WASHINGTON (WAVY) — So far, President Donald Trump is eight-for-eight on vetoes. Congress has never been able to override him on legislation he didn’t want.
Sen. Tim Kaine (D-Va.), a member of the Armed Services Committee, says that streak is about to end in the battle of the bases.
Both the Senate and the House of Representatives have passed bills calling for the removal of the names of Confederate generals from military installations.
The provision to remove the Confederate names is expected to be part of the annual National Defense Authorization Act, which serves as a spending plan for the military.
“I am very confident that if President Trump were to veto the NDAA over the Confederate naming provision, that he would then have his first veto overridden by Congress,” Kaine said in a Wednesday interview.
With Fort Lee, Fort Pickett and Fort AP Hill, Virginia has more of these bases than any other state.
North Carolina has Fort Bragg.
A recent Military Times Poll of both enlisted members and officers showed 49 percent want the bases to be renamed, 37 percent disagreed.
But the big number in the battle over base names right now is 67 percent. That’s what’s needed — a two-thirds majority of both the House and Senate — to override a Trump veto.
“Based on the vote on this in each chamber, he would be overridden on this,” Kaine said.
We asked two military veterans with experience in congress about their perspectives on the naming controversy – both the current representative from Virginia’s second congressional district which includes Virginia Beach, Democrat Elaine Luria, and her immediate predecessor in that office, Republican Scott Taylor.
Taylor is a retired Navy SEAL and Luria is a retired commander, and they are facing each other in the November election as they did in 2018.
Here are Taylor’s comments:
“Cancel-culture, such as changing the names of our military bases, does not effectively or directly address key issues facing our nation. While Elaine Luria and her liberal allies look to erase our history, I want us to remember it and learn from it to move toward a better future. Whether I was jumping out of airplanes at Fort Benning, firing off explosives at Fort A.P. Hill, navigating through the forest during live fire exercises at Fort Pickett, or preparing for urban warfare in a simulated city in Fort Polk… my military career provided me with experience at several of the bases in question. Speaking from personal experience, it is not the origin of the name of the bases that fills our service men and women with a sense of American pride or duty. The names of our military bases are one small part of our greater, American military history.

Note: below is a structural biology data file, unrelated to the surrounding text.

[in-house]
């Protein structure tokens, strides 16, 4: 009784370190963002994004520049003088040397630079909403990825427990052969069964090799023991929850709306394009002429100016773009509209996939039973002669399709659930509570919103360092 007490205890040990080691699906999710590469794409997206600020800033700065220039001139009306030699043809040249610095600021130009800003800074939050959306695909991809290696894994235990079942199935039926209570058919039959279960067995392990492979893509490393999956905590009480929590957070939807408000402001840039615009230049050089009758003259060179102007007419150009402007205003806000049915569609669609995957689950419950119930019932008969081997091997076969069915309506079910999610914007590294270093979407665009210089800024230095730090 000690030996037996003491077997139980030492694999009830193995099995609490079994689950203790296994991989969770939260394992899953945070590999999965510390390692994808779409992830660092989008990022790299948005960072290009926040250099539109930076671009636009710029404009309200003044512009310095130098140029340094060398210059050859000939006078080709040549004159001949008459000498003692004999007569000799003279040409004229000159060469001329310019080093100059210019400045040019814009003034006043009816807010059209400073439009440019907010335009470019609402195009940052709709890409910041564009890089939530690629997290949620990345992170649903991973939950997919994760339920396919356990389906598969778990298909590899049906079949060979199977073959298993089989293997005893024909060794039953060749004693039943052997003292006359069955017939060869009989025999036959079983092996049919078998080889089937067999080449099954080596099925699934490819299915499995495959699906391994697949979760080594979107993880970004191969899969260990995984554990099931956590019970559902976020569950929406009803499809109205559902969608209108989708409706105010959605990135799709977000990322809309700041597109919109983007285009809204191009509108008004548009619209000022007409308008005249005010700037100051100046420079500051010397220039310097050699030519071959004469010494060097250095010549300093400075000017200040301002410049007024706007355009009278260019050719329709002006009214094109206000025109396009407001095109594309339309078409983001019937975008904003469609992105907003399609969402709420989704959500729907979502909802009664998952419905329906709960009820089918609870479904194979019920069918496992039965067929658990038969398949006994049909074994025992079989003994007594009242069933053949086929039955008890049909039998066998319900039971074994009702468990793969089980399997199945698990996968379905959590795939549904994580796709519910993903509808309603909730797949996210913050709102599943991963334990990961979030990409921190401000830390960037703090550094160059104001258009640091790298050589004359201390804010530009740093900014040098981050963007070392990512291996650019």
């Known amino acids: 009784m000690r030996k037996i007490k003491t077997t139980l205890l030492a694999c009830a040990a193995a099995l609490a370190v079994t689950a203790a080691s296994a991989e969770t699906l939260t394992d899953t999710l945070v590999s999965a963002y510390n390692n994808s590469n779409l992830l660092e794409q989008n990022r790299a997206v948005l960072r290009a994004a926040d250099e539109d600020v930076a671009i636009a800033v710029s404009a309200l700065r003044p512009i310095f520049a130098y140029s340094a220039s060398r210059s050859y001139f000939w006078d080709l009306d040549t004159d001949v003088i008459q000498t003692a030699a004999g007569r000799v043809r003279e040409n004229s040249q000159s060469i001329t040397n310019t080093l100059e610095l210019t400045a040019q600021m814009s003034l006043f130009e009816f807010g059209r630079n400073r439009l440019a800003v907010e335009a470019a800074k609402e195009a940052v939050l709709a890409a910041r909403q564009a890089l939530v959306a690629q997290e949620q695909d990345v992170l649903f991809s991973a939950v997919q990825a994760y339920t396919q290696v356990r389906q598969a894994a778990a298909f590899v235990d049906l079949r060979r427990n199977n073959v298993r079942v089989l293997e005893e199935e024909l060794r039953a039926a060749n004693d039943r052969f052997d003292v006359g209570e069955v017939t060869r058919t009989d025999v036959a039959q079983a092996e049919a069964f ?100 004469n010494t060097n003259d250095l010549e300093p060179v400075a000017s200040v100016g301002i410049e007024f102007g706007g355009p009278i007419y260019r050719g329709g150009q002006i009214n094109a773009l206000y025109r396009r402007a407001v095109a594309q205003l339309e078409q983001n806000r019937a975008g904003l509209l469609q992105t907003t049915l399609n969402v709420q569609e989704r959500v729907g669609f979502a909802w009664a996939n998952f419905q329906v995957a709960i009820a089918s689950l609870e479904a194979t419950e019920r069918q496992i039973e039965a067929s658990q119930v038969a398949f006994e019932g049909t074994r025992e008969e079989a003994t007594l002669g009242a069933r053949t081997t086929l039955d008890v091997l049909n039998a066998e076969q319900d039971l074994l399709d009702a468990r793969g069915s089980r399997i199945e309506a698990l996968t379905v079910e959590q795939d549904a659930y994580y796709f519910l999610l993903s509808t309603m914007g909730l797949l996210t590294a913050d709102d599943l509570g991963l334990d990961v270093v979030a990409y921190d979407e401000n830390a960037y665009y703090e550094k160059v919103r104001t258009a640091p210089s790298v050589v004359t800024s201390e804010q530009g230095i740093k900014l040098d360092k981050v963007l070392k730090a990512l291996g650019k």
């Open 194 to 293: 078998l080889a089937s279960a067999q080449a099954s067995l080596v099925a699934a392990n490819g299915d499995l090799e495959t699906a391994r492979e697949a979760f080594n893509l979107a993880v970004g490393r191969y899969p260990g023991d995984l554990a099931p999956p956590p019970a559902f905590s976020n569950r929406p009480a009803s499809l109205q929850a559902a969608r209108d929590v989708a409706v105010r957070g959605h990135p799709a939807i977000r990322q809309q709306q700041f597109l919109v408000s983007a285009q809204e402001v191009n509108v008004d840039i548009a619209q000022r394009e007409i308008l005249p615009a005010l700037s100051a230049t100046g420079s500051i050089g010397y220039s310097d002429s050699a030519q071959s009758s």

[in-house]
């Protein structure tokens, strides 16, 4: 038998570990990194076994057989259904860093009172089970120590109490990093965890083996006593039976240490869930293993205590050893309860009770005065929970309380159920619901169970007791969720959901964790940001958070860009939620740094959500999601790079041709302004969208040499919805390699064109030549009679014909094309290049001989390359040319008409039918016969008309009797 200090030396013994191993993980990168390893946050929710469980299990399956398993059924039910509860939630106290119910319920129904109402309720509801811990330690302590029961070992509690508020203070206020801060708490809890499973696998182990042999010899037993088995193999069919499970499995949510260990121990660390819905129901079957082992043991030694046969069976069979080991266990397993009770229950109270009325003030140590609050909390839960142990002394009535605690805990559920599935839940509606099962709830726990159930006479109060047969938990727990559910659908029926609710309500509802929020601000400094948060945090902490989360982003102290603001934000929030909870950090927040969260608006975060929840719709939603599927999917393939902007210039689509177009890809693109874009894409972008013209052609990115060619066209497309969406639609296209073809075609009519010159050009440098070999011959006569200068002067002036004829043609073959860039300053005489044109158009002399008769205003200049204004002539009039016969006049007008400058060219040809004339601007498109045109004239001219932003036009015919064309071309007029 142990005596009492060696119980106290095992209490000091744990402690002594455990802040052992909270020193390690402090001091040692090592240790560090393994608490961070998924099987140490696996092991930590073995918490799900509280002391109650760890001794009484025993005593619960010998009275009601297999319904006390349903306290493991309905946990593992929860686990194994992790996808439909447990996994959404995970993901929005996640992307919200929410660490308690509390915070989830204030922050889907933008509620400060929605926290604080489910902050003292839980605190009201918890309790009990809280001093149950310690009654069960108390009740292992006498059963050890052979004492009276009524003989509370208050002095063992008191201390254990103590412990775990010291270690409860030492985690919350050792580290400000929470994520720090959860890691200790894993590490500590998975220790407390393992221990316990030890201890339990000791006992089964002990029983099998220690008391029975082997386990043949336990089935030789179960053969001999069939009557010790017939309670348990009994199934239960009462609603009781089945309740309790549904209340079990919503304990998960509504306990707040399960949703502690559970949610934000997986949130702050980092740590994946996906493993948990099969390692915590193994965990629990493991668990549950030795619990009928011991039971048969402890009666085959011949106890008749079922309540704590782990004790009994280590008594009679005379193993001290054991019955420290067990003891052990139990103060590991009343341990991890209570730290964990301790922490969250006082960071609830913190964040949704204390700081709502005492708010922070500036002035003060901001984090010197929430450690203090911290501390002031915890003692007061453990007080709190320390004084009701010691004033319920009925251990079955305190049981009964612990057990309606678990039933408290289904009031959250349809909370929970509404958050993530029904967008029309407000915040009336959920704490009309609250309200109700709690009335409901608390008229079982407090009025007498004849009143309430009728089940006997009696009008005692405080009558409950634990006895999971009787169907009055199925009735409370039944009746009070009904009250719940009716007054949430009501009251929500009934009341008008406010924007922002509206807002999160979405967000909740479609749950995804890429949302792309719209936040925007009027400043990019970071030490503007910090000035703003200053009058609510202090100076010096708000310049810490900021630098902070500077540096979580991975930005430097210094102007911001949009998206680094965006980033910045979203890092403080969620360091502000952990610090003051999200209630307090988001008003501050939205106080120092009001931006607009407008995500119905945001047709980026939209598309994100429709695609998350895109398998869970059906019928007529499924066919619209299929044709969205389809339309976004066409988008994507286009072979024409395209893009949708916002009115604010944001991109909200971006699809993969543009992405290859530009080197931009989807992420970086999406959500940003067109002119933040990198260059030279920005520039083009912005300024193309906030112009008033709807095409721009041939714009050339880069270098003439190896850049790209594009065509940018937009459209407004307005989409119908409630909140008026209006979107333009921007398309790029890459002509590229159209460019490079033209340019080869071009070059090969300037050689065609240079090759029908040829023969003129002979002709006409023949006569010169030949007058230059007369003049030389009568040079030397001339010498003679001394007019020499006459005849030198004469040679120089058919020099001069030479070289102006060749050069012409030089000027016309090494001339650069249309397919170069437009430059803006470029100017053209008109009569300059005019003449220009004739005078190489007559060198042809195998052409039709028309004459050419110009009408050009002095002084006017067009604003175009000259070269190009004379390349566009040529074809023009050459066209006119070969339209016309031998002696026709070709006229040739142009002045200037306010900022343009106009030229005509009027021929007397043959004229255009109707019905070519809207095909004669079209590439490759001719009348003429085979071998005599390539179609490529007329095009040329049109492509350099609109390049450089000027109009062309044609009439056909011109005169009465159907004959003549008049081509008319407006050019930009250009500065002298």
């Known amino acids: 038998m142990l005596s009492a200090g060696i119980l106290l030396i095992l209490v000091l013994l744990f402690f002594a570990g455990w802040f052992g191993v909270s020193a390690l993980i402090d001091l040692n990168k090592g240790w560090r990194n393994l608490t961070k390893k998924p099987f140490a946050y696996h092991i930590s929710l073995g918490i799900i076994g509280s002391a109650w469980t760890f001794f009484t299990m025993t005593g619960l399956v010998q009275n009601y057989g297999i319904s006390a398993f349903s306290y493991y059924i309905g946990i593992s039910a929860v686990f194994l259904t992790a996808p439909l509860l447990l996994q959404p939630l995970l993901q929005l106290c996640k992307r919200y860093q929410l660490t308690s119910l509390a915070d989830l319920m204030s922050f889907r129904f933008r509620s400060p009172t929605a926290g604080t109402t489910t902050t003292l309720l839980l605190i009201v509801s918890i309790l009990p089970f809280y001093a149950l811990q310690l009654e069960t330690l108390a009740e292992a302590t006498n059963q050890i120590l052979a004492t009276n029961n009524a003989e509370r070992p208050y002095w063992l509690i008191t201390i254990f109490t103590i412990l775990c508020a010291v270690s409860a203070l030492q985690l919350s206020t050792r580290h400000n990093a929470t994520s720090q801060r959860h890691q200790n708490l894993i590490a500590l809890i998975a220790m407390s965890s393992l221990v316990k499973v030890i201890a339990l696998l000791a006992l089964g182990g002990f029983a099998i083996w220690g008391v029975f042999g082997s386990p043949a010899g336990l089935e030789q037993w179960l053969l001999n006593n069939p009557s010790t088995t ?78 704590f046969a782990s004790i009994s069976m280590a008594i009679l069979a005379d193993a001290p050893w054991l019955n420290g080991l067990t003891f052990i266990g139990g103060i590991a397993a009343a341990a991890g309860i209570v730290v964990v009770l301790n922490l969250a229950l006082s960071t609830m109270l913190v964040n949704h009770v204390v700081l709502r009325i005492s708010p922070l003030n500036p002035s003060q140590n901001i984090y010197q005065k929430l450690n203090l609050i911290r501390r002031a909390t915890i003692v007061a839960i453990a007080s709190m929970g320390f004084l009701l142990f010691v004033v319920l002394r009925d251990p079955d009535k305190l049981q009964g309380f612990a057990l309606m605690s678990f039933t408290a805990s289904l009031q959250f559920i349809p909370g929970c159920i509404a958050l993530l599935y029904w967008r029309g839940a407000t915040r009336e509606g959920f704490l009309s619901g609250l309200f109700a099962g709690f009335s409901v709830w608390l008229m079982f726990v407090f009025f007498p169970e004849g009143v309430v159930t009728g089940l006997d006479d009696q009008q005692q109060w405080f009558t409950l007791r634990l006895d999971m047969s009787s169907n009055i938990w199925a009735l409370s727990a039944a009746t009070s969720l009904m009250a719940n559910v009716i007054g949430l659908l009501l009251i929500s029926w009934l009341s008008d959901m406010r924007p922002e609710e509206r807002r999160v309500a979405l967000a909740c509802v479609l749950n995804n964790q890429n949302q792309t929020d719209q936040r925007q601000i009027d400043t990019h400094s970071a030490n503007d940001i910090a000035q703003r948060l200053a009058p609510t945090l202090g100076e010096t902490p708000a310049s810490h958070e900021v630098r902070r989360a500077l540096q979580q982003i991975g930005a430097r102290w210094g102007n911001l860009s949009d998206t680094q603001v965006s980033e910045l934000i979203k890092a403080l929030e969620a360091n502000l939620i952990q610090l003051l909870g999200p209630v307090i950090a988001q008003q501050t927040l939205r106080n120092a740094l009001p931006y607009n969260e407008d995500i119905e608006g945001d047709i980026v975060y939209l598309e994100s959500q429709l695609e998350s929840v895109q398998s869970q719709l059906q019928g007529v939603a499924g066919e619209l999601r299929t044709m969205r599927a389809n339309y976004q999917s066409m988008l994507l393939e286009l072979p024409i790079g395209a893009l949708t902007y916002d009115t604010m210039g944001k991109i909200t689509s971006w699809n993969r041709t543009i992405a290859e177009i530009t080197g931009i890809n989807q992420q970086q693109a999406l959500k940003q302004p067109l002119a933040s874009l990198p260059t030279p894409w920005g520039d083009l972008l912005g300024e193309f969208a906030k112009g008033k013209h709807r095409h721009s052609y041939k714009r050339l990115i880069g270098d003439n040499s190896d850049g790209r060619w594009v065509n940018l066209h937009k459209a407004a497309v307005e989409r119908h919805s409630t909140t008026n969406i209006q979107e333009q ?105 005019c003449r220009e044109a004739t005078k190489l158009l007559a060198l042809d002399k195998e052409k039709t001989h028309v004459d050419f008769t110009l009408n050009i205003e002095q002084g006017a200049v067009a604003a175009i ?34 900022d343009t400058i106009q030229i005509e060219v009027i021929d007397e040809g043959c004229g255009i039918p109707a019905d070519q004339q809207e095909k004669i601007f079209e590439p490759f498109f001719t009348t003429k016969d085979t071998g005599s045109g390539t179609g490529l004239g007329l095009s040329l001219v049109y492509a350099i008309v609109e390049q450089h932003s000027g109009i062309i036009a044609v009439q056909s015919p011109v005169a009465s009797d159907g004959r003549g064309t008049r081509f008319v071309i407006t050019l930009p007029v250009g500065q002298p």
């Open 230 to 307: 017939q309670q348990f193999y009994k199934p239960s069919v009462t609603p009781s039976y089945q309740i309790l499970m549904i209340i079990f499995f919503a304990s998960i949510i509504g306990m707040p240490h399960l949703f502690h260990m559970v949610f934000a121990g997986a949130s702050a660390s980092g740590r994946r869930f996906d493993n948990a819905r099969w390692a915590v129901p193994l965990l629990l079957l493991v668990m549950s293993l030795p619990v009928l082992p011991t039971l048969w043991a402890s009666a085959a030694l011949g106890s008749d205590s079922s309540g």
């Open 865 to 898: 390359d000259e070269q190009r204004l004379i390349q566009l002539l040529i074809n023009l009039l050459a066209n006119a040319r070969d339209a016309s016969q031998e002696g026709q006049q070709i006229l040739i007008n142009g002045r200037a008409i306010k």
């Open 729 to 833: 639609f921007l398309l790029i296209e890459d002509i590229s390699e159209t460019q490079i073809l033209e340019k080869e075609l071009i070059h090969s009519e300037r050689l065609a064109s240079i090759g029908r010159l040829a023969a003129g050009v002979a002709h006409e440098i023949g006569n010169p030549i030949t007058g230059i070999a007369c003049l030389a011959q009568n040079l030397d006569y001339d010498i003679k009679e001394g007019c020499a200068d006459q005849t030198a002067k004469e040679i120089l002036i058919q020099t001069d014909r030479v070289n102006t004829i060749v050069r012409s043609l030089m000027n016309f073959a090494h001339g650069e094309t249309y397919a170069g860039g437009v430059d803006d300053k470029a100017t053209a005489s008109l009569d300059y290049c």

“Not one of us is perfect – to include American generals and military heroes. The names of these bases have come to represent much more than the single man who once existed, and whose name the base reflects. Our military installations represent our American values, which unite us all and transcend imperfect people. No modern politician should attempt to use these historic names to drive an emotionally-charged political divide – it is just distracting from effective policy. Representatives in DC should not be dictating the way we live our lives – what culture and history is permissible, and what is not. If changes are to be made, the decision should be made by servicemembers and locals to each base, not politicians.”
Here are Luria’s comments:
“As a 20-year Navy veteran, I know the powerful message we will send to members of our Armed Forces by changing the names of U.S. military installations that currently bear the name of Confederate officers. That’s why I voted in favor of a bipartisan amendment to the National Defense Authorization Act (NDAA) which would require the Secretary of Defense to report to Congress on the process for renaming military installations that are currently named for a Confederate officer and then, within one year of enactment of the bill, the Secretary of Defense would be required to have completed the renaming process. Given the results of the recent Military Times poll, it’s clear that many servicemembers share my concern regarding President Trump’s threat to veto the NDAA over this provision, his continued disrespect for those who have served, and his overall fitness to serve as Commander in Chief.”
The president has said removing the generals’ names would be re-writing history, and would replace the legacy of an American revolution with a left-wing cultural revolution. The NDAA also provides for a pay raise for troops, healthcare assistance for military families, and investments in platforms of national defense, which Kaine says would be put in limbo with a veto.
“If the president says none of that’s important, what’s important to me is keeping the names of Confederate generals on military bases, and so he vetoes all the good to accomplish that, I predict that he will have his veto overridden.”
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